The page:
Revised October 30, 2006

Dow Still 14 Percent Below Its Peak

by Jason Furman

On October 27, 2006, the Dow Jones Industrial Average closed at 12,090.  Adjusted for inflation, that is down 14 percent from its all-time high on January 14, 2000.[1]  The Dow would need to rise another 1,946 points to set a new record, adjusted for inflation.  It is only when no adjustment is made for inflation that the Dow can meaningfully be said to have closed at a record high.

Measuring how the Dow has done relative to inflation is the most meaningful way to assess its performance over time and what it means for investors and the economy more broadly.  To fail to adjust for inflation, and to say that the Dow has passed its previous peak, is like saying that a worker whose wages are a few cents an hour above where they were six or seven years ago is better off today, even though the purchasing power of his or her wages has fallen significantly.  This is why, when the Census Bureau reports on median household income each year, it reports on median income adjusted for inflation.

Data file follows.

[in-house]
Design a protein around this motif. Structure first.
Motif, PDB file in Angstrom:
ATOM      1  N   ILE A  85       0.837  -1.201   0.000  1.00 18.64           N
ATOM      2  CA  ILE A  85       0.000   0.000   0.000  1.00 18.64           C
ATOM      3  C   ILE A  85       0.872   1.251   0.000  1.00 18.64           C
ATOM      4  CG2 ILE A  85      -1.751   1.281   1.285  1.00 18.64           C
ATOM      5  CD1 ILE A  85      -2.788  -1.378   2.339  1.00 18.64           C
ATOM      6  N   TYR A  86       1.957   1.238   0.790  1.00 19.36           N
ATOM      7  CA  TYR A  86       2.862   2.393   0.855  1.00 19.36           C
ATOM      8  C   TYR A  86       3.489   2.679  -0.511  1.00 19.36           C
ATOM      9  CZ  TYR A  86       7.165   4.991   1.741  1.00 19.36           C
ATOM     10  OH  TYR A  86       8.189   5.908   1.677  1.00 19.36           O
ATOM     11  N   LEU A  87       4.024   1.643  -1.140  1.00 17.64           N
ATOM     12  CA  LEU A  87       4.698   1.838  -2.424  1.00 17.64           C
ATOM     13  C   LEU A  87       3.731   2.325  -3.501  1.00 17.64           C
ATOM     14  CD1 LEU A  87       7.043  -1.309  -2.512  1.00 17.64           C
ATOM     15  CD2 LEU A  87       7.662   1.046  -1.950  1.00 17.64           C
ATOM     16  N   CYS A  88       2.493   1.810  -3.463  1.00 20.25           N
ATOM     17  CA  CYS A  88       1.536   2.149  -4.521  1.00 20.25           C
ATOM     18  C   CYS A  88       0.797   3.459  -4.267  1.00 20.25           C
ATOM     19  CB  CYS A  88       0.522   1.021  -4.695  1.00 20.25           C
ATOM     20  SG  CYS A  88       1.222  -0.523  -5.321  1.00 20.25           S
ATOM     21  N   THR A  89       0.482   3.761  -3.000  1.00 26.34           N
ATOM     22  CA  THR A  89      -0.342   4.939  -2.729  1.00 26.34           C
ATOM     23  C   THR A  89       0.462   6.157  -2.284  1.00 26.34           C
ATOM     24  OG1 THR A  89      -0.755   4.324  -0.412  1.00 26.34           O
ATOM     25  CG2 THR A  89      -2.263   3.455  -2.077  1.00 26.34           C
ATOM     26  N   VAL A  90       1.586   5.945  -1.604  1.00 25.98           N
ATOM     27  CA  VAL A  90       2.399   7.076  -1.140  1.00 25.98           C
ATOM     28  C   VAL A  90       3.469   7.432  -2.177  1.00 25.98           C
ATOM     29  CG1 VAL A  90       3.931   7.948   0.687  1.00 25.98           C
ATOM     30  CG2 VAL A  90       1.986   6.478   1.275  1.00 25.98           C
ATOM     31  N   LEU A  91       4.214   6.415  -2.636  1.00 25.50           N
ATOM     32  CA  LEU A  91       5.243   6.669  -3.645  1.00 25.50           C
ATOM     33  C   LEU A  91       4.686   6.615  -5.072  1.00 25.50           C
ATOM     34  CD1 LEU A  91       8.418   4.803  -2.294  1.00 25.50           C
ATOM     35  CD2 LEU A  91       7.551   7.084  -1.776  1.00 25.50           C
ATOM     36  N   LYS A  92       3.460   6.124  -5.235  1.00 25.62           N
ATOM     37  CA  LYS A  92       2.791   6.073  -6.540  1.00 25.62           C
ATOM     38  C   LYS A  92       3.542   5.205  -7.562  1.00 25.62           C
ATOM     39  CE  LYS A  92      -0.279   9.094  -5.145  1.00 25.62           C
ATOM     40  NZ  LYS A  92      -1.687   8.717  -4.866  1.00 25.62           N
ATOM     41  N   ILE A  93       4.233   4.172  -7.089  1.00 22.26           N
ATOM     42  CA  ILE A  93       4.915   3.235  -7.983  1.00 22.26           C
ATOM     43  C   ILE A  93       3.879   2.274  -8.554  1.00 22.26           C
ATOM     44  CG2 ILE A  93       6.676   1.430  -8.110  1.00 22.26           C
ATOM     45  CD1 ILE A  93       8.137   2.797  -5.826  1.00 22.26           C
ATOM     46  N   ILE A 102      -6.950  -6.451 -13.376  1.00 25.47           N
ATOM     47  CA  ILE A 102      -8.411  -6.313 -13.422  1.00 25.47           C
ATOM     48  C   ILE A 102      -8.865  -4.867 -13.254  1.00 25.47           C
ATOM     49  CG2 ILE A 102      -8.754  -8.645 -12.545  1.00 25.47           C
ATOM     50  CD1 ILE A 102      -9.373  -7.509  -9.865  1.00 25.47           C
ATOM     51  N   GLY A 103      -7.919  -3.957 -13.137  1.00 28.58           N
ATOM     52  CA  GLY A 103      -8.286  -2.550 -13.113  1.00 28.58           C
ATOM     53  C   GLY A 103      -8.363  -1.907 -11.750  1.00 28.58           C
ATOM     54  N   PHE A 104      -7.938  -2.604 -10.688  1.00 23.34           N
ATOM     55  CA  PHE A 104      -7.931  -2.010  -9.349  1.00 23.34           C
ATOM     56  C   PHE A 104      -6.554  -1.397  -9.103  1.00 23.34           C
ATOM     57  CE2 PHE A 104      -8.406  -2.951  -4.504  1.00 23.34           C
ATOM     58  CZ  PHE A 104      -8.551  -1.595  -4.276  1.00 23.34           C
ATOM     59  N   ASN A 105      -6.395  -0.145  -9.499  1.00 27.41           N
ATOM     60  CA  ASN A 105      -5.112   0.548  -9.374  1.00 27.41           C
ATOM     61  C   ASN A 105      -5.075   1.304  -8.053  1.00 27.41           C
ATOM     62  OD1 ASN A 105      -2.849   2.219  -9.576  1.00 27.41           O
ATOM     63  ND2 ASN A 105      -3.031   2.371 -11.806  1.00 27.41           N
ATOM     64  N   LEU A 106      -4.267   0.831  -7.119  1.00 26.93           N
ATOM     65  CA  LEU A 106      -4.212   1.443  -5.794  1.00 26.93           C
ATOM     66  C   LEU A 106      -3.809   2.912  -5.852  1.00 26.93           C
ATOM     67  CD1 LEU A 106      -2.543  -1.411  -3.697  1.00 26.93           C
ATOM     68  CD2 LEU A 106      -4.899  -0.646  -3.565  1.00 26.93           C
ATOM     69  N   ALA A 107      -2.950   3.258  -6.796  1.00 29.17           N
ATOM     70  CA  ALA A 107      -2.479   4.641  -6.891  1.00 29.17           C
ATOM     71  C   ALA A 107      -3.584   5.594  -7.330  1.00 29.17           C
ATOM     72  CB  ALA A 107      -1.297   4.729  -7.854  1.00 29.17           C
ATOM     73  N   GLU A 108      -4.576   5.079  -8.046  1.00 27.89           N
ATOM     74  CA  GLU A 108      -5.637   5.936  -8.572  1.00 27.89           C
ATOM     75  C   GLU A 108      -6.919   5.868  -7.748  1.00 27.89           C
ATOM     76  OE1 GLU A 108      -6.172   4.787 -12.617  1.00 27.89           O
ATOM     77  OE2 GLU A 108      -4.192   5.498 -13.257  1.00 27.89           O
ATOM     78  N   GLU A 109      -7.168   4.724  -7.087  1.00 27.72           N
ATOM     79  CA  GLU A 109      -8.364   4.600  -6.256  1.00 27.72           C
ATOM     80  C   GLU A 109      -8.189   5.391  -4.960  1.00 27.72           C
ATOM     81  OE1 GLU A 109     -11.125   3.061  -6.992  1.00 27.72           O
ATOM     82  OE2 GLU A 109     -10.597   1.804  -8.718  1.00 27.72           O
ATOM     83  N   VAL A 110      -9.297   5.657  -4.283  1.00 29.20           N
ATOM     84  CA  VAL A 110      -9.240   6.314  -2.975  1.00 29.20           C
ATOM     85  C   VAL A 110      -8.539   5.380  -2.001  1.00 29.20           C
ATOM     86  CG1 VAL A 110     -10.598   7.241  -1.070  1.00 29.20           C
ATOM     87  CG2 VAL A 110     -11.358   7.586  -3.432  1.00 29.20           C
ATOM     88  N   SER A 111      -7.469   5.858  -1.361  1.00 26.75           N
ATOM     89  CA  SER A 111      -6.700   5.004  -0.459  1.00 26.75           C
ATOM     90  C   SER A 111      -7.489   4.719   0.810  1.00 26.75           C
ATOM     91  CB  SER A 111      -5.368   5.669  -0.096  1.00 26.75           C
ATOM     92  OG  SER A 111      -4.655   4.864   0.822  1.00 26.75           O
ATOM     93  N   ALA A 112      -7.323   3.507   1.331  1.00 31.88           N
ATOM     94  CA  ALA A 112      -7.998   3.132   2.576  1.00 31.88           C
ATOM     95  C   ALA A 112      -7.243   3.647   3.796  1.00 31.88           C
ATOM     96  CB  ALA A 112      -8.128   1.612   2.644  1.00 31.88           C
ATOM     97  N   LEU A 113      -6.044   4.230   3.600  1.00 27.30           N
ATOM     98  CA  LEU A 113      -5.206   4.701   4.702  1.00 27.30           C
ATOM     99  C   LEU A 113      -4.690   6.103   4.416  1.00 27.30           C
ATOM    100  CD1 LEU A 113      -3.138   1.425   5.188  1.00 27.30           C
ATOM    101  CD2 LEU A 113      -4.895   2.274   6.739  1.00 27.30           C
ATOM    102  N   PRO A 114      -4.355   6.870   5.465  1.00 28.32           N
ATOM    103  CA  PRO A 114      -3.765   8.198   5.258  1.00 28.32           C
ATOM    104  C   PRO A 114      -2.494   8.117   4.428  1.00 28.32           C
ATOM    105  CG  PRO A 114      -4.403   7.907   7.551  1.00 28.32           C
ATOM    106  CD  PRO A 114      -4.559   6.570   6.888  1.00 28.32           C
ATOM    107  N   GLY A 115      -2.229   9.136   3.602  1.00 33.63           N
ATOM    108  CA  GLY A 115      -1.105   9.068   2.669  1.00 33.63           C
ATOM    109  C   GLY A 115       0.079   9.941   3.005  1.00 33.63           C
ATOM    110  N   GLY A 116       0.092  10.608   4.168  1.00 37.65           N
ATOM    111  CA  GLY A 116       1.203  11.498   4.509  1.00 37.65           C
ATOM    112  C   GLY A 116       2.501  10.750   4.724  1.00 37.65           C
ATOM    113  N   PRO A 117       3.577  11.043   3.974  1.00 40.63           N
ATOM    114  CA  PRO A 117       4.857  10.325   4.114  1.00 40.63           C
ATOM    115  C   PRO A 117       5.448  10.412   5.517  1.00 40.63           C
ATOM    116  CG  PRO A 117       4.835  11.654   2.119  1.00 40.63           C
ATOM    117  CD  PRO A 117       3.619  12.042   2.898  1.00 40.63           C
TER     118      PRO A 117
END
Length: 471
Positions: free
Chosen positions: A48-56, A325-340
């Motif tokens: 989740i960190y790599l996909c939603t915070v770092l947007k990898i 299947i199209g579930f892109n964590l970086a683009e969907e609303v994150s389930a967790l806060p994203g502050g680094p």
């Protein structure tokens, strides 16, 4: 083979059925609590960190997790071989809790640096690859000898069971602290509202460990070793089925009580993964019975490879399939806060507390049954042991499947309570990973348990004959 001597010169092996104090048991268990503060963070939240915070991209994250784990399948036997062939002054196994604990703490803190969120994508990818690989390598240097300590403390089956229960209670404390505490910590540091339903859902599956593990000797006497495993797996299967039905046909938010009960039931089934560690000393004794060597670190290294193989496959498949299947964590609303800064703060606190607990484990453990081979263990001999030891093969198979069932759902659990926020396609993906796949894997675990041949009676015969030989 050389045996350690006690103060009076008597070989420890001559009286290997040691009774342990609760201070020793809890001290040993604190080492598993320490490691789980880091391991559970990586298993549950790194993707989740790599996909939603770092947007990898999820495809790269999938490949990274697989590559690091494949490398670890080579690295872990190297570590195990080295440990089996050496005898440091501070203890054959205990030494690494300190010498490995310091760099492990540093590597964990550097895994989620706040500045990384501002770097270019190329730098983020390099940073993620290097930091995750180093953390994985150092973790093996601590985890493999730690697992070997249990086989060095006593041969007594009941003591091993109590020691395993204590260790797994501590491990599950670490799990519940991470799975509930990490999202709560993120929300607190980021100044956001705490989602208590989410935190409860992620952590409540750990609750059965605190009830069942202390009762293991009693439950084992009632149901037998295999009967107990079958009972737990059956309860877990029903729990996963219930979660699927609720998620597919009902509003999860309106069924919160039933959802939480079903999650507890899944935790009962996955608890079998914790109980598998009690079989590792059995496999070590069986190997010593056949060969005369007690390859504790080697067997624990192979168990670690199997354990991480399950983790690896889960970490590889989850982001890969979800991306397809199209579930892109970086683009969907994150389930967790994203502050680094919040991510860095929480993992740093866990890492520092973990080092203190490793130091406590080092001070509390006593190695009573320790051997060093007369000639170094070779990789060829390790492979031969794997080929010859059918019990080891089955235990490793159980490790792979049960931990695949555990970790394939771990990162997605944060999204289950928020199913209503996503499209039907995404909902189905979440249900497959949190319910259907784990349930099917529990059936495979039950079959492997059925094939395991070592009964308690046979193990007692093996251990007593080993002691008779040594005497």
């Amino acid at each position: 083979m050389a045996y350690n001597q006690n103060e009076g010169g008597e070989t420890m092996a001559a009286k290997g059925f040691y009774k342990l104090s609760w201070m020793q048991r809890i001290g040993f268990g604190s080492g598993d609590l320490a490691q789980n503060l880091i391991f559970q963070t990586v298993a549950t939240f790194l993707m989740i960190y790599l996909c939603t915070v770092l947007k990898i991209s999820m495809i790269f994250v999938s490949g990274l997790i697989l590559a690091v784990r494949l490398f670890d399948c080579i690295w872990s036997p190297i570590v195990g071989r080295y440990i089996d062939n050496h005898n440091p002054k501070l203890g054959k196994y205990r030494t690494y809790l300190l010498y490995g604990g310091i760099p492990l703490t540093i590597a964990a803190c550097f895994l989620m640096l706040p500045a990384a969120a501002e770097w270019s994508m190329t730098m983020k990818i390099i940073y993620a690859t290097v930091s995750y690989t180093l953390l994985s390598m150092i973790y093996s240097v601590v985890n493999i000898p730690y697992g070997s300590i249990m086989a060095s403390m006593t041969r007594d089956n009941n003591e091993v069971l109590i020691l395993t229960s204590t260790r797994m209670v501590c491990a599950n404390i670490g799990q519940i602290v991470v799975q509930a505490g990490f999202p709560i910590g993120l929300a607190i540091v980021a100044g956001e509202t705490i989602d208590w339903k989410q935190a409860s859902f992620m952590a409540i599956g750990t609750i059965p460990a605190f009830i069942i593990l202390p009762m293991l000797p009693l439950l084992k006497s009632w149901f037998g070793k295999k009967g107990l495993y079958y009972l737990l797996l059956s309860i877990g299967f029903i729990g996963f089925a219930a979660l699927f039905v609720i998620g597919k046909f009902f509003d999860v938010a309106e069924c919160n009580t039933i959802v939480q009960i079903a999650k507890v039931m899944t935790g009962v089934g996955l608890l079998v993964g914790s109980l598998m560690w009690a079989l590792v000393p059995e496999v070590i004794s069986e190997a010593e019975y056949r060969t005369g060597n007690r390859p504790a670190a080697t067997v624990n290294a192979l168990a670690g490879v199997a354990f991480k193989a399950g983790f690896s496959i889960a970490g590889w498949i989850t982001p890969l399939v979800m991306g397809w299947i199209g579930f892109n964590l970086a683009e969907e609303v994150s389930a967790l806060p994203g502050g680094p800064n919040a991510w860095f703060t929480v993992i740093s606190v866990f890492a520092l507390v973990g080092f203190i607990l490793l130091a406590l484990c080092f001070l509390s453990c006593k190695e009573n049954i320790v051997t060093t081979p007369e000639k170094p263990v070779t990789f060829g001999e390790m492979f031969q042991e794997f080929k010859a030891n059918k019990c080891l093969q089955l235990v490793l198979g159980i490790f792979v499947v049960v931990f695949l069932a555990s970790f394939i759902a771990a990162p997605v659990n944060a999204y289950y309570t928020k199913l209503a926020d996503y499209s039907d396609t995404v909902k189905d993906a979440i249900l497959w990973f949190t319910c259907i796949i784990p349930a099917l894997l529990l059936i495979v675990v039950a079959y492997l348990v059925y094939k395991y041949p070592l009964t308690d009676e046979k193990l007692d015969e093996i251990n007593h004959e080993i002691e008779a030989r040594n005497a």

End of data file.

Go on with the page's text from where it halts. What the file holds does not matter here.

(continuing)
The broader stock market is even further below its 2000 peak. On October 27, 2006, the Dow Jones Wilshire 5000, which tracks more than 5,000 stocks and is the most comprehensive measure of the U.S. stock market, was 21 percent below its record close on March 24, 2000, after adjusting for inflation. (Even without adjusting for inflation, the Wilshire 5000 was 6 percent below its March 24, 2000 peak.)

Some of the value of the Dow when it hit its peak in 2000 undoubtedly was the result of an unsustainable bubble.  And it is good news that the Dow Jones Industrial Average, adjusted for inflation, has risen at a 6 percent annual rate over the last four years. (Note: a careful study by economists at the Federal Reserve found no evidence this was caused by the dividend or capital gains tax cuts enacted in 2003.[2])  But simple statements that the Dow is at an all-time high are more likely to create a misleading impression than to enlighten people about the current state of the stock market.

End Notes:

[1] Using CPI-U from the Bureau of Labor Statistics.  Note, this note assumes zero inflation since the last Consumer Price Index data, which were for August 2006.

[2] Gene Amromin, Paul Harrison, and Steve Sharpe, “How Did the Dividend Tax Cut Affect Stock Prices?” October 11, 2005.

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